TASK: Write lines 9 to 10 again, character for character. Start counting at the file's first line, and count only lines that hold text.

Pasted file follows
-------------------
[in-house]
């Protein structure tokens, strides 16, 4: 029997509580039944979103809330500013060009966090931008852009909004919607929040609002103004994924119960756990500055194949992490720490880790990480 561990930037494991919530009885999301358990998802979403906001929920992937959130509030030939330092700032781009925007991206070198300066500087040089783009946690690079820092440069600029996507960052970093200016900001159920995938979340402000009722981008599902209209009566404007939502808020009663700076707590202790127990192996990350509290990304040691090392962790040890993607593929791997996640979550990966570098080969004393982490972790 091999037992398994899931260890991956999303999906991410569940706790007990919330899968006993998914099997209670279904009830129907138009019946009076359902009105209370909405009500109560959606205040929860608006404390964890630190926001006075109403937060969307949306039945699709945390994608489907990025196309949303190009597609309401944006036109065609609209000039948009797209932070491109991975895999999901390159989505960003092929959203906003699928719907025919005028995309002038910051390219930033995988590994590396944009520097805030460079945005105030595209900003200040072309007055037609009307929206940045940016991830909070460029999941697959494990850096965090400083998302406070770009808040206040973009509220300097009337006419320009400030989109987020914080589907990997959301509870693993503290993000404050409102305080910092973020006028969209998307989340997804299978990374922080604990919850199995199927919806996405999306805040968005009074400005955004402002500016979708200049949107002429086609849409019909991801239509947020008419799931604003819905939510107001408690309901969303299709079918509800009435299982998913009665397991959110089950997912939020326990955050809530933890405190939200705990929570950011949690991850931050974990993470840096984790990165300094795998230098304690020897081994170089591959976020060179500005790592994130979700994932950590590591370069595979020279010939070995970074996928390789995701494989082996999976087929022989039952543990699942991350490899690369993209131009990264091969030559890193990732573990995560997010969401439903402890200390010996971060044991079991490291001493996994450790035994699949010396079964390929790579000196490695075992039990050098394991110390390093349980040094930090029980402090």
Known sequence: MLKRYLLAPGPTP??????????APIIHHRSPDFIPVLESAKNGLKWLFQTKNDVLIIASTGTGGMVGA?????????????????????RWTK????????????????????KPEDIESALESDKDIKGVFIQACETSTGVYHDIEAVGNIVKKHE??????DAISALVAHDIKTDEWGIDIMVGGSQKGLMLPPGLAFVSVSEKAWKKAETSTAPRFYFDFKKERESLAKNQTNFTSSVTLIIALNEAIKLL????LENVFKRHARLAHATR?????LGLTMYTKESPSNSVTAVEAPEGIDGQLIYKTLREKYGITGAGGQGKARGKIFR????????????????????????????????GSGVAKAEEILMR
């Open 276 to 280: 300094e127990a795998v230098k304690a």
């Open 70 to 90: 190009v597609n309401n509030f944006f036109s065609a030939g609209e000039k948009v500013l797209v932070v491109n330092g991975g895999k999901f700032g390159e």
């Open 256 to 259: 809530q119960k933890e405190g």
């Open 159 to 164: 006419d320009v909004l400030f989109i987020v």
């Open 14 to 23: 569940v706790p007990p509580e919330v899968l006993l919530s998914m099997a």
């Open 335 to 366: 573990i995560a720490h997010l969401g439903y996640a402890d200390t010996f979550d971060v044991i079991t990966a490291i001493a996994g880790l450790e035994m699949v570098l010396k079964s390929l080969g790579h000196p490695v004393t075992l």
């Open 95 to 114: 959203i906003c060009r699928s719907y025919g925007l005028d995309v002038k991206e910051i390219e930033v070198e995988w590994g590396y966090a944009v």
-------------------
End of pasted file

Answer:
């Open 335 to 366: 573990i995560a720490h997010l969401g439903y996640a402890d200390t010996f979550d971060v044991i079991t990966a490291i001493a996994g880790l450790e035994m699949v570098l010396k079964s390929l080969g790579h000196p490695v004393t075992l």
């Open 95 to 114: 959203i906003c060009r699928s719907y025919g925007l005028d995309v002038k991206e910051i390219e930033v070198e995988w590994g590396y966090a944009v």